- August 7, 2014
- Aviat Networks, backhaul, LTE, microwave, Microwave backhaul, Microwave Radio, Microwave transmission, Mobile network operator, mobile networks, Mobile Technology, technology, voice over lte, volte
As one of the most anticipated network technologies, Voice over LTE (VoLTE) has been discussed by operators for years. The expectation was that deployments would start in 2013, but roll-outs in North America were delayed.
Logo courtesy of YTD2525 Blog
Operators have faced a series of issues that include poor voice quality and long call establishment times. Once these problems are solved, it is expected that VoLTE will allow operators to provide voice and data services using an integrated packet network. As the problems described show, the implementation of VoLTE presents challenges for the entire LTE ecosystem including microwave backhaul.
We have produced a white paper to describe some of the VoLTE requirements that must be met in order to overcome these technical challenges, which must encompass a flexible microwave backhaul as a key factor for a successful transition to all-packet voice and video VoLTE networks. A brief introduction to VoLTE is presented and then different VoLTE backhaul requirements are described with possible solutions.
Click here to download a white paper on this subject titled “VoLTE and the IP/MPLS Cell Site Evolution”.
- May 5, 2014
- balloons, drones, Facebook, Google, Larry Page, loopy, ludicrous, Mark Zuckerberg, Microwave Radio, Remote, Rural, rural communities
Remote/Rural Communications don’t Need Loopy Ideas to get Online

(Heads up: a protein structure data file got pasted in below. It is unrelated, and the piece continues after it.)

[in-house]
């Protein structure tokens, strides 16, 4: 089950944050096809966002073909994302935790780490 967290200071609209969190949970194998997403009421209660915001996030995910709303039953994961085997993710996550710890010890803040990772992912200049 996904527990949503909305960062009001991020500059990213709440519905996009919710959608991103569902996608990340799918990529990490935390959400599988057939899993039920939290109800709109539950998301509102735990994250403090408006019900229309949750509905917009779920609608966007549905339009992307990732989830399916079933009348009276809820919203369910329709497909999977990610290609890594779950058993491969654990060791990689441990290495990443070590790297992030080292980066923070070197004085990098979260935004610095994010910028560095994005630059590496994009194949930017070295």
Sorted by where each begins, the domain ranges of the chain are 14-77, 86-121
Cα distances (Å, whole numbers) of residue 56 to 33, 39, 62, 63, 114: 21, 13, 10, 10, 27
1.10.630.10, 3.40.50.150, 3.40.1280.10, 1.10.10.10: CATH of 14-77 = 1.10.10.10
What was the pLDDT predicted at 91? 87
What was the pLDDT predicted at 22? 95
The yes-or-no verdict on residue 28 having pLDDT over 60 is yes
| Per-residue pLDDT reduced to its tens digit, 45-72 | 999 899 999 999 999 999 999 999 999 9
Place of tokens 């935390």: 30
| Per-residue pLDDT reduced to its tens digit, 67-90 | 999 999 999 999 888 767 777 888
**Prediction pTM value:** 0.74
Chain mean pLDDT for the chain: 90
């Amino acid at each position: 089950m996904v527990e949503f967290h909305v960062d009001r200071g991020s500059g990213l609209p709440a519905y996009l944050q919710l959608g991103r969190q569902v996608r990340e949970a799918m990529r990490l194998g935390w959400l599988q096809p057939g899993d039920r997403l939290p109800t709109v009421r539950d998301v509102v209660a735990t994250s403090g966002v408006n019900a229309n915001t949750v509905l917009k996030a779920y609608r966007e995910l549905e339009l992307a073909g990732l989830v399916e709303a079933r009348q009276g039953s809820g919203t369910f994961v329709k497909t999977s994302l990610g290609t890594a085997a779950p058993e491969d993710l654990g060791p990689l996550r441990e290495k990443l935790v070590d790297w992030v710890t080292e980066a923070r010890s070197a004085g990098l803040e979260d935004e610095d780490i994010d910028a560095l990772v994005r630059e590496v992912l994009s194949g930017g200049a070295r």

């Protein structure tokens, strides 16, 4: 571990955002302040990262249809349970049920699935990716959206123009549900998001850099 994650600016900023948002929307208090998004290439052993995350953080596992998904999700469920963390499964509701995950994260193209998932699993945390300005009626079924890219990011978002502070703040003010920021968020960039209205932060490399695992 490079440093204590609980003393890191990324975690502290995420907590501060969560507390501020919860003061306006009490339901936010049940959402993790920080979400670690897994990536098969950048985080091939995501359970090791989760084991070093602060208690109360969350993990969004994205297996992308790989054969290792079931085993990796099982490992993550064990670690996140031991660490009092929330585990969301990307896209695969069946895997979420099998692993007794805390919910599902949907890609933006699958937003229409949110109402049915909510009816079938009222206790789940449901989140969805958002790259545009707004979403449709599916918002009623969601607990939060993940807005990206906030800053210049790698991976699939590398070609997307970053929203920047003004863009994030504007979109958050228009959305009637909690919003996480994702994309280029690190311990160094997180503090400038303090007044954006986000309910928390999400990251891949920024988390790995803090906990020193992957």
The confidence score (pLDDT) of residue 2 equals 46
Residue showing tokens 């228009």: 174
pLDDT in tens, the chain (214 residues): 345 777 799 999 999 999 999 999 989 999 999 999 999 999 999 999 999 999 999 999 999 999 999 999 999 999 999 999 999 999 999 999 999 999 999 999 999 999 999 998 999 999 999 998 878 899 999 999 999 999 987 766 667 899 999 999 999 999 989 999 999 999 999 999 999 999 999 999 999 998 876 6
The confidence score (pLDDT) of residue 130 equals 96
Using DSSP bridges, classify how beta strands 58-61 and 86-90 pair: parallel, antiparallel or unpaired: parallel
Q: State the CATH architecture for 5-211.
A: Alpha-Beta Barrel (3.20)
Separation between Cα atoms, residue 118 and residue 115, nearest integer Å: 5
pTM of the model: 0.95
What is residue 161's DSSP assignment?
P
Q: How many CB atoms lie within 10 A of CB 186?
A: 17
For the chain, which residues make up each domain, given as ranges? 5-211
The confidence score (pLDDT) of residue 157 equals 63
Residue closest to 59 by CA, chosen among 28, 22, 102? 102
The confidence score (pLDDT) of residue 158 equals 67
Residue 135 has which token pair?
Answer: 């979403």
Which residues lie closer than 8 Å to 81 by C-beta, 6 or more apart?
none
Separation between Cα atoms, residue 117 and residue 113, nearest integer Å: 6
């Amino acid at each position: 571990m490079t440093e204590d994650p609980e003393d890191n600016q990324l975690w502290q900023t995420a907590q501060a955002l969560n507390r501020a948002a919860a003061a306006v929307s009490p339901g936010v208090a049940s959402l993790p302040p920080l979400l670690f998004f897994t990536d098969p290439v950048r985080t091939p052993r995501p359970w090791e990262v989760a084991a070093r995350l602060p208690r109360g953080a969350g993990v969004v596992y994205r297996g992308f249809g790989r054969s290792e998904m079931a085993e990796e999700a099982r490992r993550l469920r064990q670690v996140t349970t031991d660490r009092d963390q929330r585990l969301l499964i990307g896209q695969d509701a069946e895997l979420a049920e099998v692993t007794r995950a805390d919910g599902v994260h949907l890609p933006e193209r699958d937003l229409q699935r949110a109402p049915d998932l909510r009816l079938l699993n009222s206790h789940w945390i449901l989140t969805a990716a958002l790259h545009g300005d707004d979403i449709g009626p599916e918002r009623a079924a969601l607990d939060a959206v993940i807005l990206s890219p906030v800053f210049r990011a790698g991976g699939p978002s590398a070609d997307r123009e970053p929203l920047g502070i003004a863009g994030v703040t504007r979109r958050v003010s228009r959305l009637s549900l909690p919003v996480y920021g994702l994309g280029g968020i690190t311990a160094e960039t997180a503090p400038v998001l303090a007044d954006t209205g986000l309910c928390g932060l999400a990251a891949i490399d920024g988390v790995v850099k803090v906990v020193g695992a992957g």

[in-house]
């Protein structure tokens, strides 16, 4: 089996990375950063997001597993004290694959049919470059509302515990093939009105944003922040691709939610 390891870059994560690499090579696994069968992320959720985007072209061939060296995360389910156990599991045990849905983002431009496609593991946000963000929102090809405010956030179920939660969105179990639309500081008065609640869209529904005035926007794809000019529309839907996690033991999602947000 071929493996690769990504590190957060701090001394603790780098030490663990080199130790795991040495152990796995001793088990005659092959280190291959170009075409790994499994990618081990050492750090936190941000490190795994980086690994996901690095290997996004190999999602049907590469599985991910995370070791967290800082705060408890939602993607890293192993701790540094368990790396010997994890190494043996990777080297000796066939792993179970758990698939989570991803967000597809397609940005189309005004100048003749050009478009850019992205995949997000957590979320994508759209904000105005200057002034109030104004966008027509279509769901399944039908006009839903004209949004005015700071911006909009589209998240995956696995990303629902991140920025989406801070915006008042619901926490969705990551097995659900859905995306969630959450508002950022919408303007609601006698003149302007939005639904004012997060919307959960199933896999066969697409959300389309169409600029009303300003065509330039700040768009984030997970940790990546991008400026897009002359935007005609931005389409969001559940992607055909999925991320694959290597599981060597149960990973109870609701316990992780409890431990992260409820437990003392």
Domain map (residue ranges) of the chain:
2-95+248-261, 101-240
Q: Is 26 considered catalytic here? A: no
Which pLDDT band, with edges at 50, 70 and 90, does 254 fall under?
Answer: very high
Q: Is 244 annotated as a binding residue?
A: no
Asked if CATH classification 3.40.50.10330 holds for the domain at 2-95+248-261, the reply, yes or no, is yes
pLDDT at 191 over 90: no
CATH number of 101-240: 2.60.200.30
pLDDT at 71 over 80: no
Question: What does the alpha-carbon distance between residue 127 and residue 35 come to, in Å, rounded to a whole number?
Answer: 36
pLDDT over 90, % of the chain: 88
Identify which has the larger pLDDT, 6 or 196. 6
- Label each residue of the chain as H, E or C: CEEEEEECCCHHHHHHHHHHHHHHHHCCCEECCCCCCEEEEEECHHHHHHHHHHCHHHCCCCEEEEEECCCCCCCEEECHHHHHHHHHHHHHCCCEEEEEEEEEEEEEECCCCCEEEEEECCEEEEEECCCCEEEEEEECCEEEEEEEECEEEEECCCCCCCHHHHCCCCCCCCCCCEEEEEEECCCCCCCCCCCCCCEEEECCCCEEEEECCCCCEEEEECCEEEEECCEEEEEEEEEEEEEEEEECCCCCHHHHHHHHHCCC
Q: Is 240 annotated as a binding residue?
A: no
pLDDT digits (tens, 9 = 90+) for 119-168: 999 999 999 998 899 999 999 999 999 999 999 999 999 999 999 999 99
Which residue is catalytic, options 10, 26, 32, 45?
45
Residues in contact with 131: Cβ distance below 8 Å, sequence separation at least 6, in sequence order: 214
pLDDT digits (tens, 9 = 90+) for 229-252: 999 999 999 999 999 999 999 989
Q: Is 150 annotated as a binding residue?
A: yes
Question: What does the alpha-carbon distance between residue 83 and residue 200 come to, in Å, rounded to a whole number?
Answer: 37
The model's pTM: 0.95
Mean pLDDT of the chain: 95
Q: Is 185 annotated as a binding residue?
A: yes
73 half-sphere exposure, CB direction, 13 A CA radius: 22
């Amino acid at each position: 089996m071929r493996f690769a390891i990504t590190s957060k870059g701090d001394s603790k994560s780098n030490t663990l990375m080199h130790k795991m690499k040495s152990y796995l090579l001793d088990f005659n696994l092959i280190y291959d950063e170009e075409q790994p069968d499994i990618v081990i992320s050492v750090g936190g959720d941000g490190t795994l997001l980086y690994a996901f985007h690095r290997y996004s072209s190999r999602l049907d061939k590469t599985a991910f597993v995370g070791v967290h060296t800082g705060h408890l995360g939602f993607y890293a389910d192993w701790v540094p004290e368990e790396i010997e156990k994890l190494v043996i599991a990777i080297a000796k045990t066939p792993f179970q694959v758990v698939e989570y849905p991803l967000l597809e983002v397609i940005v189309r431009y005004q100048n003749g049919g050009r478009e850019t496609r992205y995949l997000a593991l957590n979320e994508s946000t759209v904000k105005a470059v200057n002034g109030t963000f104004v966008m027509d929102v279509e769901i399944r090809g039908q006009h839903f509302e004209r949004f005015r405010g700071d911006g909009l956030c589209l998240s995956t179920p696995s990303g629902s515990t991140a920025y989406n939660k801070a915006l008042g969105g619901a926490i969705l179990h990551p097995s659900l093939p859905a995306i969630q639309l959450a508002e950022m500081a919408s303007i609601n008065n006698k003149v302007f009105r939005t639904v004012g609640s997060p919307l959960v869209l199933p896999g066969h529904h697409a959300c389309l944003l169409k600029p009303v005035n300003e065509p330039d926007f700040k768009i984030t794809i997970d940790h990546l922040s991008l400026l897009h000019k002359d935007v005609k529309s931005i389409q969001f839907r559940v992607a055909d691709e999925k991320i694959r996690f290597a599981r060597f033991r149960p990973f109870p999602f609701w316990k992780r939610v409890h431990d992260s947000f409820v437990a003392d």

There has been much talk in recent months and now some business transactions by leading technology companies to implement exotic schemes to get remote and/or rural communities onto the Internet. These schemes involve high altitude balloons and drones. Seriously? Give us a break! Of all the loopy ideas we’ve heard lately, these have to be some of the most far out.
Beyond generating a lot of publicity for “original” thinking, we really have to be skeptical about the efficacy of such ludicrous proposals. Besides the hard-to-calculate cost of these schemes, they are likely to be highly unreliable, as it’s notoriously difficult to keep either a balloon or a drone geostationary in the stratosphere with all its turbulent airflow. Not to mention the ever-present likelihood of mechanical failure, wing icing, leaks and other factors leading to crash landings. And what about fuel? Or batteries? Can solar power alone keep these contraptions airborne for up to three years? And then what?
Plain ol’ microwave radio
In these situations, all that’s needed is a traditional, reliable microwave radio link. Rather than spend gargantuan wads of their shareholders’ cold, hard cash on pie-in-the-sky Internet boondoggles, Facebook, Google and these other titans of Silicon Valley should come down to earth and look at quick and practical methods for extending Internet connectivity to the Unconnected.
For example, consider the position that Stuart Little, Aviat Networks’ director of solutions marketing, stakes out in April’s issue of “Land Mobile” magazine. He points out that microwave radio technology has been reliably and cost effectively spanning long distances—sometimes over inhospitable geography like deserts or jungles—for decades to connect outposts of humanity to the outside world.
Advantages of microwave radio
Microwave radio has the advantages of high bandwidth and speed to deployment going for it when servicing rural communities. Aviat long-haul microwave radios can accommodate up to 3.7Gbps bandwidth. And it’s very cost effective and can be deployed in a matter of weeks, in some cases.
The other regularly used long-distance backhaul option, fiber-optic technology, has high-capacity bandwidth, but neither cost effectiveness nor speed to deployment for rural communities. Outside of dense urban corridors where high-density populations defray the overall capital expenditure on a per capita basis, fiber is very cost prohibitive. And to trench fiber over an extended distance can take many months.